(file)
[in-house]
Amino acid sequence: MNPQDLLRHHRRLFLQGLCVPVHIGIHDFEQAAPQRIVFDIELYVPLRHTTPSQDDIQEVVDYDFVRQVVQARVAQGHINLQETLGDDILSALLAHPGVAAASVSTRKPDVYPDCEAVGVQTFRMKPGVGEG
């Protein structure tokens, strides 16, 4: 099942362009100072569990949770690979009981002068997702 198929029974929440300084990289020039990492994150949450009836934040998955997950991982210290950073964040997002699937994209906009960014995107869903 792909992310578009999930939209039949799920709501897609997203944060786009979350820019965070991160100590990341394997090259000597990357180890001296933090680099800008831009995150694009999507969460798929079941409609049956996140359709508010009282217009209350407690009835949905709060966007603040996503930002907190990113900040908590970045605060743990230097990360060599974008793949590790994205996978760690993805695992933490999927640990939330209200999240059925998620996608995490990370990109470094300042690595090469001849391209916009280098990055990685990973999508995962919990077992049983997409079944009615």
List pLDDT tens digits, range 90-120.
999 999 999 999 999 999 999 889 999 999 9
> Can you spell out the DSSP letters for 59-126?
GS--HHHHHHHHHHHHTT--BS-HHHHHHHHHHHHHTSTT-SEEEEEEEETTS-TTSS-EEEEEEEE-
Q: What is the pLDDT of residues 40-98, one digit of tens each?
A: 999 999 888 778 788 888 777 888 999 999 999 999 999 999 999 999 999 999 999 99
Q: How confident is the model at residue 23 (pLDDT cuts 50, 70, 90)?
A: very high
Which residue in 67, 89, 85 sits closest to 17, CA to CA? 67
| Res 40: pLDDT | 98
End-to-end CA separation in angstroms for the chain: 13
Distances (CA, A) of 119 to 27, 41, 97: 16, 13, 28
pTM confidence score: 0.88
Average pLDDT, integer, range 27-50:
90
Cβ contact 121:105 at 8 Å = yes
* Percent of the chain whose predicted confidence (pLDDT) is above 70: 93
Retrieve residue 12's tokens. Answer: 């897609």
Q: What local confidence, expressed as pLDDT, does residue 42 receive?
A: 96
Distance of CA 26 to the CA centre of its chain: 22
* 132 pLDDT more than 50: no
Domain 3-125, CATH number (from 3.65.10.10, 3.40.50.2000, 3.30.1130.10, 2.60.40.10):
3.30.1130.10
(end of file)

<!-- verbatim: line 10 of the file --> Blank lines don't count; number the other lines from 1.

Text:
Q: How confident is the model at residue 23 (pLDDT cuts 50, 70, 90)?